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Schrock v. Learning Curve International, Inc., et al.

The plaintiff photographer was hired by the defendants to create product photographs of some of the defendants’ toys for use in marketing. The plaintiff registered copyrights for a large number of his photographs and included a two year “usage restriction” on the invoices submitted to the defendants. The defendants continued to use the photographs after the two year usage period, over the plaintiff’s objections, so he filed suit against the defendants for copyright infringement and conversion. The defendants argued that the photographer did not have valid copyrights in the photographs because they were derivative works based on the defendants’ copyrighted toys, and the district court agreed.

The court explained that while photography is an art form entitled to copyright protection, its opinion would turn on the question of whether the plaintiff’s photographs are derivative works. The court cited to case law from other circuits, noting that this issue is unresolved. The Ninth Circuit in Ets-Hokin v. Skyy Spirits, Inc., 225 F.3d 1068 (9th Cir. 2000) held that a product photograph of a Skyy vodka bottle was not a "derivative work" in statutory terms because the bottle itself was uncopyrightable and a derivative work must derive from a “pre-existing work.” The inference that could rationally be drawn from that opinion is that if the bottle had been copyrightable, the photograph would have been a derivative work. In contrast, the Southern District of New York held in SHL Imaging, Inc. v. Artisan House, Inc., 117 F.Supp. 2d 301 (S.D.N.Y. 2000), that product photographs of picture and mirror frames were not derivative works because the authorship of the photographic work is entirely different and separate from the photographed work.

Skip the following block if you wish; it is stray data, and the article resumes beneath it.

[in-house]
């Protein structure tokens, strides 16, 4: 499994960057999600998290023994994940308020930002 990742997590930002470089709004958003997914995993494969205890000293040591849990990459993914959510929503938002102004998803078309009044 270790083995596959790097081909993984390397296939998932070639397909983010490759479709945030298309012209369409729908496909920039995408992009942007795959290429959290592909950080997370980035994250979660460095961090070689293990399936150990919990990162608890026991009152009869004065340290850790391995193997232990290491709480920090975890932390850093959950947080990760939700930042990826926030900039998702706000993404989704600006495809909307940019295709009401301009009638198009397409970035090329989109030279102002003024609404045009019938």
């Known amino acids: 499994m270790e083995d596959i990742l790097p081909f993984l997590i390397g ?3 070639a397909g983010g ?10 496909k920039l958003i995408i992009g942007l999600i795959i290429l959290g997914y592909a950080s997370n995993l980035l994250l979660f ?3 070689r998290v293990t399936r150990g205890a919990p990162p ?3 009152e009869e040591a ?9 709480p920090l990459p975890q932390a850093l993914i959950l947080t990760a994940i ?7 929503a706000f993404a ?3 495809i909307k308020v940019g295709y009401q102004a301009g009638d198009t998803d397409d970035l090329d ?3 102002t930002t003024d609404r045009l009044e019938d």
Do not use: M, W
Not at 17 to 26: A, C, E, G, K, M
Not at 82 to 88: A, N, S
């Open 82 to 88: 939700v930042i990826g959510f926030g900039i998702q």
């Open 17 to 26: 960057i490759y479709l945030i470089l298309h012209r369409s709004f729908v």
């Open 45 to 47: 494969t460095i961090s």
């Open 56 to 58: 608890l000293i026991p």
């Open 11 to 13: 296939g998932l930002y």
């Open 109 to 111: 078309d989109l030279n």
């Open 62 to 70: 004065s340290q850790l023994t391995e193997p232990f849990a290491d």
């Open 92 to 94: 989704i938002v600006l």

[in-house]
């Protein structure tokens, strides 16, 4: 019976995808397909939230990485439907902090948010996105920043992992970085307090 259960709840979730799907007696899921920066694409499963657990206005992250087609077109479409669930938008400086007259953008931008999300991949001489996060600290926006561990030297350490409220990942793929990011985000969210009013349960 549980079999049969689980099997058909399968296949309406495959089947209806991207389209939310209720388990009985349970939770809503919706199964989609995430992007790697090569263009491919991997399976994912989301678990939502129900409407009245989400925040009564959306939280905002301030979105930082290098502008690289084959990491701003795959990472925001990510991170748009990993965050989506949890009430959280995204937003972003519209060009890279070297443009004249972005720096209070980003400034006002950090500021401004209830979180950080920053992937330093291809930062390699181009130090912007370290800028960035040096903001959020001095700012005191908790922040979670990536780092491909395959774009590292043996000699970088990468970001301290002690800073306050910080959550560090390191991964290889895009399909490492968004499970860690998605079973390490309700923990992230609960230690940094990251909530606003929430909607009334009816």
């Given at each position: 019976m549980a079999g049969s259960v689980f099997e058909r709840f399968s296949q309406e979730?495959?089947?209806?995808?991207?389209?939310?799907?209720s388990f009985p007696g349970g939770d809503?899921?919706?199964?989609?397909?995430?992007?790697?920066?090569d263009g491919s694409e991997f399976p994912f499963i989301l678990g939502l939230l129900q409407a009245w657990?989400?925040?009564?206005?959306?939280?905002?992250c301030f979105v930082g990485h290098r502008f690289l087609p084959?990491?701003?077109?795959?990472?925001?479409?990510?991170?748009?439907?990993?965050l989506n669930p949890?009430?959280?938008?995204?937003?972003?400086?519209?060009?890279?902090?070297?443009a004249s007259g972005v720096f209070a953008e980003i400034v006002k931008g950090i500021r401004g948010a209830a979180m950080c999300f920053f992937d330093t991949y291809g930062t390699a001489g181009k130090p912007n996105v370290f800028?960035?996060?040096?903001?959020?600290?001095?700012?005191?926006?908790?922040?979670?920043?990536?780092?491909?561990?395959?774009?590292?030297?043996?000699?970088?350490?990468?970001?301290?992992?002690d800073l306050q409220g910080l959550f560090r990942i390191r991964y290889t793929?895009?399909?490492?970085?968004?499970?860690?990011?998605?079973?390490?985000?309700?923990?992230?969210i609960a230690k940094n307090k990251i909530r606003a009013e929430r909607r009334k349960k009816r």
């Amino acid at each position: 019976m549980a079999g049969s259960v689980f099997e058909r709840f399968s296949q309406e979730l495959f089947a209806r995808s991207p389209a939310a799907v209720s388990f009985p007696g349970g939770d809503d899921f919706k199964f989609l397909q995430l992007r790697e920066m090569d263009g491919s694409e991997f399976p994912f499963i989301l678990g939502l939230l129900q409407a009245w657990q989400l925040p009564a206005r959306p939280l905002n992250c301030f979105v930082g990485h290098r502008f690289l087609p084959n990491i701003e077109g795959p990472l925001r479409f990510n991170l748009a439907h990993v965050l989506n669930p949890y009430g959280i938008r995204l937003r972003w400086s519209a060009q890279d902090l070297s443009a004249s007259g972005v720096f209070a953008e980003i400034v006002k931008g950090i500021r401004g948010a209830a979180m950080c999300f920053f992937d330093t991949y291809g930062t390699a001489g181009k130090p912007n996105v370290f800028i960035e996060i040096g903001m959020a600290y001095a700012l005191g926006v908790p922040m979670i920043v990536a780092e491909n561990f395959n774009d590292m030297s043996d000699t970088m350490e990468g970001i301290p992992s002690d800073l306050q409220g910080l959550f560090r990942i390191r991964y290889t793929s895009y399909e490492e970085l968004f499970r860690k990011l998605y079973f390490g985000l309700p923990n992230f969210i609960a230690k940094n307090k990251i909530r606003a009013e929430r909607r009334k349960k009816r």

The court noted that the Seventh Circuit had not yet addressed this issue directly. However, in Ty, Inc. v. Publ'ns Int'l Ltd., 292 F.3d 512 (7th Cir. 2002), where the defendant conceded that the photographs of copyrighted works constituted derivative works, the court also appeared to independently conclude that those photographs (concession or not) were derivative works. Similarly, in Saturday Evening Post Co. v. Rumbleseat Press, Inc., 816 F.2d 1191 (7th Cir. 1987), the Seventh Circuit “delivered the same message.”

Accordingly, the district court held that because the plaintiff’s photographs portray the three-dimensional toys in two dimensions, they “recast, transform, or adapt” the toys into another medium and they create a derivative work “based upon” the pre-existing work. Thus, the plaintiff, who was unquestionably granted rights to create the derivative work photographs, needed permission to copyright the derivative works. The plaintiff admitted that he received no such authorization and the court held that his assertion that he was never informed that the defendants objected to his registration of the copyrights in his photographs fails because, without express approval from the owner of the underlying work, the plaintiff could not obtain a copyright in his derivative photographs.